Wood in healthcare

Wood and biophilia in healing environments

Many factors contribute to a physically healthy indoor environment, including plentiful natural light, adequate fresh air ventilation, maintenance of comfortable temperatures and humidity levels and limited exposure to environmental contaminants such as dust and harmful vapours.

Just as the definition of green building has expanded with time, so has our understanding of human health expanded to include not only our physical condition but also our psychological well-being.

We have known intuitively for a long time that humans have an affinity for nature, and being in a natural environment—a forest, a park or simply our own garden—can make us feel more relaxed. The term biophilia has been coined to refer to this phenomenon.

Scientists have now confirmed that this sensation of relaxation in the presence of nature is due to a reduction in stress reactivity in our sympathetic nervous system (SNS). This is both psychologically and physiologically beneficial for those in contact with nature.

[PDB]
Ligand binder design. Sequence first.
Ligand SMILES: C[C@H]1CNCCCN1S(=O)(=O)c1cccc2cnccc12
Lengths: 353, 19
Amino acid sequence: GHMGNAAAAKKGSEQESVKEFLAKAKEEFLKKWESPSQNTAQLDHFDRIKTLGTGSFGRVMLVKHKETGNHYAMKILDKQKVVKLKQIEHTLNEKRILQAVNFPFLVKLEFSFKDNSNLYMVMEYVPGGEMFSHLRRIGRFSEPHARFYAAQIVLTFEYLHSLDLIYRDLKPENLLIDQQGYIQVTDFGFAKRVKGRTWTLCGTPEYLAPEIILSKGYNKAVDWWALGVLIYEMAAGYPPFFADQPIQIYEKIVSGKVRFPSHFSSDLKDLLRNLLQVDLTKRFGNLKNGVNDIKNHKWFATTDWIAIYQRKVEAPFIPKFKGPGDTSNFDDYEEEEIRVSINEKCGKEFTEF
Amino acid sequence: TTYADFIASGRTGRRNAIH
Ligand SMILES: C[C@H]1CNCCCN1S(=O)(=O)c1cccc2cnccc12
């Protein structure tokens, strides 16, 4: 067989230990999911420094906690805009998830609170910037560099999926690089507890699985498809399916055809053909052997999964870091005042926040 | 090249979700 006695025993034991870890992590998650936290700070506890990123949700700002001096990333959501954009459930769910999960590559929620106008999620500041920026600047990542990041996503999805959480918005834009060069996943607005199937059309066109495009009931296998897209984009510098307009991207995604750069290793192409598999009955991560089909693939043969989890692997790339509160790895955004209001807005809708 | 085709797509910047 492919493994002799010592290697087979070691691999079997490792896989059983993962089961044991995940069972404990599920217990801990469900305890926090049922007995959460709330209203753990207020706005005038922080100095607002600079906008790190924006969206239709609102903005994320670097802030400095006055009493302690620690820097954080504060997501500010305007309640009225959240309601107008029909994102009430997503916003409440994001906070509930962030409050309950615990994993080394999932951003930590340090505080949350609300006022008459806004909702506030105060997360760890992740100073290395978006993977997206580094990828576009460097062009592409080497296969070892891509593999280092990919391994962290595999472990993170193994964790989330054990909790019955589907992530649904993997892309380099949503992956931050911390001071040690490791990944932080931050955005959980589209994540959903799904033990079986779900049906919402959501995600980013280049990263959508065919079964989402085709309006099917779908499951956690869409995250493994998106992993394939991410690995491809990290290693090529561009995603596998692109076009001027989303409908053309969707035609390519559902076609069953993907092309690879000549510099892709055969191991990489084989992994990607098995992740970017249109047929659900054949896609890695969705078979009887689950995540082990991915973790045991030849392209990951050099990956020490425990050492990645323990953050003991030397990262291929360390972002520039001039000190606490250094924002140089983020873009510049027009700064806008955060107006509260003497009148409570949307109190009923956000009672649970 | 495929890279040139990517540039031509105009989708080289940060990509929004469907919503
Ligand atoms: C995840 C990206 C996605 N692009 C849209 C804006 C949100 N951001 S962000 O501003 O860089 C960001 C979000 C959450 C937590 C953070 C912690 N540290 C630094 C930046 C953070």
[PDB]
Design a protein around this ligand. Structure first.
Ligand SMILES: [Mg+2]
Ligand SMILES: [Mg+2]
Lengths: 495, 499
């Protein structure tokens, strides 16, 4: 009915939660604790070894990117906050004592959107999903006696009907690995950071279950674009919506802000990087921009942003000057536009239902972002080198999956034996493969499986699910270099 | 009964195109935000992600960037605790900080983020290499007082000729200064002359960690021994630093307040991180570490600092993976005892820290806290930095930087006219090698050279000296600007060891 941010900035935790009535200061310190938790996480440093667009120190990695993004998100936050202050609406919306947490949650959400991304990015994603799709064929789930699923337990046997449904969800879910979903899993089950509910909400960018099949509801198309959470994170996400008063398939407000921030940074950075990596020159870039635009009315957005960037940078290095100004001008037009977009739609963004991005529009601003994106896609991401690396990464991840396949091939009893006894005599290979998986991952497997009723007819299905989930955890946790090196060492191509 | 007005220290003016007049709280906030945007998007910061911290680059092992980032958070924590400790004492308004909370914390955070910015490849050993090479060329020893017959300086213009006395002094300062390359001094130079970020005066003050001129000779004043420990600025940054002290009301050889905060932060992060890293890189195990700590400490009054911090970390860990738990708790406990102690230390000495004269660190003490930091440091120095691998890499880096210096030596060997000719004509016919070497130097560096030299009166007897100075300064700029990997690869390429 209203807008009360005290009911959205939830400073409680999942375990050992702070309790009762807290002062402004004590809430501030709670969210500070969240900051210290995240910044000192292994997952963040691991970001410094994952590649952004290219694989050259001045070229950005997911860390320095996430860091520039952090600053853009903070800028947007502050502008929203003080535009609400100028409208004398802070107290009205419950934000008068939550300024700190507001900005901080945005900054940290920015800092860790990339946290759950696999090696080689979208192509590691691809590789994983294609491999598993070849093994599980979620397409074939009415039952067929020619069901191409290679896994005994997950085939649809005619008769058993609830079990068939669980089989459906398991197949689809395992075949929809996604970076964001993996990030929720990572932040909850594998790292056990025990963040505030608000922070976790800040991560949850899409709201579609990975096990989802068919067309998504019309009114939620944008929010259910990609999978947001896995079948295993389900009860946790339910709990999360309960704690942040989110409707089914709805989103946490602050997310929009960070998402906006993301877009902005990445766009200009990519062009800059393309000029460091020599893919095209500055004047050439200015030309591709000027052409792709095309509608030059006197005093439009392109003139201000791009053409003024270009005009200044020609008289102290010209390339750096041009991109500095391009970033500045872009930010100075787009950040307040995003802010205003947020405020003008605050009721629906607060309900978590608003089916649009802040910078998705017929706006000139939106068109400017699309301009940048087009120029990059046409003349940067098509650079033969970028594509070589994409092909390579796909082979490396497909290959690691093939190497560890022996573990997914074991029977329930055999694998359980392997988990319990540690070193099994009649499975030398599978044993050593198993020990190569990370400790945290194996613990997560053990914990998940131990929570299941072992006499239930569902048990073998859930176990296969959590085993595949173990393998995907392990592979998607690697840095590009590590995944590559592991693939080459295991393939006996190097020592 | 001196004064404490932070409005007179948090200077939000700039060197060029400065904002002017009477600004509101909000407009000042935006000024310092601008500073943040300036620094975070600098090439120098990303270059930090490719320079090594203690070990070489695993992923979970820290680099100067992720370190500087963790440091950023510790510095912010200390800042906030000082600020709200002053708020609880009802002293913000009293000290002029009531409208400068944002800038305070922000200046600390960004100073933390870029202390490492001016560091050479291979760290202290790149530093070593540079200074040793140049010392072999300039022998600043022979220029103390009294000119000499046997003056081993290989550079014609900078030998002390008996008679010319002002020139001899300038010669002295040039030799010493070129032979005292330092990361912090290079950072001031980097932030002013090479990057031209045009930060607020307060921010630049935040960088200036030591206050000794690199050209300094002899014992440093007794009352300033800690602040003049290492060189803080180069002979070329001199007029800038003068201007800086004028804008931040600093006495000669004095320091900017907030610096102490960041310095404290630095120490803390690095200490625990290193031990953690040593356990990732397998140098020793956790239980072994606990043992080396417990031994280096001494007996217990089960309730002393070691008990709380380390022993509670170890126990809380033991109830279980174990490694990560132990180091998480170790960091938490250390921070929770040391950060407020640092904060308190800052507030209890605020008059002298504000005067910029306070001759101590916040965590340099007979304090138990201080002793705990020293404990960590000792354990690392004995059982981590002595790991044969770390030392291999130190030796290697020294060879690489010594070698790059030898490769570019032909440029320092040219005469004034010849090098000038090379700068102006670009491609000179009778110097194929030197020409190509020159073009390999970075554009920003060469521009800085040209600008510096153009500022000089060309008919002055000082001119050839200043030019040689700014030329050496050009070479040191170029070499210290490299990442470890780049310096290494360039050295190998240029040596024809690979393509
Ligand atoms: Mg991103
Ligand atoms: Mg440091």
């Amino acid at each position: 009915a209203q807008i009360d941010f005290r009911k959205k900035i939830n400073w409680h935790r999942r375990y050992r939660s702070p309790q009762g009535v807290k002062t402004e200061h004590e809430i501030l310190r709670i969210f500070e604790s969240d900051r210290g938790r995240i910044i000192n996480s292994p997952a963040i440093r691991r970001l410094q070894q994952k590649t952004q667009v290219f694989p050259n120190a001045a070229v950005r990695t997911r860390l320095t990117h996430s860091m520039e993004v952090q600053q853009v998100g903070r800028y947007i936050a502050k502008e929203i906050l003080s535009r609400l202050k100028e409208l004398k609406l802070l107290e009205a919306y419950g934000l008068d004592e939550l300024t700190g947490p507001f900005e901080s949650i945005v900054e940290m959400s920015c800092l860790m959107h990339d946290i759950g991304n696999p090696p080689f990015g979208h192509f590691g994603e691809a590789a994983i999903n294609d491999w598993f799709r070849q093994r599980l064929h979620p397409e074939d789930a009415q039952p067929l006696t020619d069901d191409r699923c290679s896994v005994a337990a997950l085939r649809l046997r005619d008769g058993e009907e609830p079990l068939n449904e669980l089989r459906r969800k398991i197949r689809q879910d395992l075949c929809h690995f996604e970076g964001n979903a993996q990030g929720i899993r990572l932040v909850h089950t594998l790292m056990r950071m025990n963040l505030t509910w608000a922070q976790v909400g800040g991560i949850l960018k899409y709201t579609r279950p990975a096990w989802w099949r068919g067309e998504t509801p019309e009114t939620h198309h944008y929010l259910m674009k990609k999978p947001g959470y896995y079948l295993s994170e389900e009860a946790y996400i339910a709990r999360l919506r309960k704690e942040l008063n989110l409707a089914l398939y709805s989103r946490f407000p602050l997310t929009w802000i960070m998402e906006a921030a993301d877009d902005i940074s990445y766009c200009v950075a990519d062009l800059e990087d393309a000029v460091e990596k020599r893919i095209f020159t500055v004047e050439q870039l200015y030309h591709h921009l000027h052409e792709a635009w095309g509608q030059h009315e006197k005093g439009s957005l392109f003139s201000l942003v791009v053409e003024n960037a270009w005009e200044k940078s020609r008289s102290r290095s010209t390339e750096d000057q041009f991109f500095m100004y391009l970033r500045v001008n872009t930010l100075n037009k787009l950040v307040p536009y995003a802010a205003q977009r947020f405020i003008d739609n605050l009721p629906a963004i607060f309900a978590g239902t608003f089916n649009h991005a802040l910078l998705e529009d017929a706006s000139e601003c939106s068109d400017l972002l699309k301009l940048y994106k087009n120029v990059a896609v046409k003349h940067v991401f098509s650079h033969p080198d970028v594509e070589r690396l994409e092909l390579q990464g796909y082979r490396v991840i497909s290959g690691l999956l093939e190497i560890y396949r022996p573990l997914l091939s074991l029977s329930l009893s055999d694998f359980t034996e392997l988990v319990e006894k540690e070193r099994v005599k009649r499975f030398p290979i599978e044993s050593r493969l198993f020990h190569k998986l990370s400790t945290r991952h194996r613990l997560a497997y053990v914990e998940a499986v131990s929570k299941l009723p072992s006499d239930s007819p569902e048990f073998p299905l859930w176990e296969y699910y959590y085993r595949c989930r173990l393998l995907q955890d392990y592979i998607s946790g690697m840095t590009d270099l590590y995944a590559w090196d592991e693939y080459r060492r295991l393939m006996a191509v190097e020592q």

Surrey Memorial Hospital Emergency Department and Critical Care Tower | Photo credit: Ed White Photographics, courtesy of CEI Architecture and Parkin Architects

Wood in healthcare

Learn how using evidence-based design, healthcare architects are exploring the physiological benefits of biophilia in the design of indoor environments in this case study.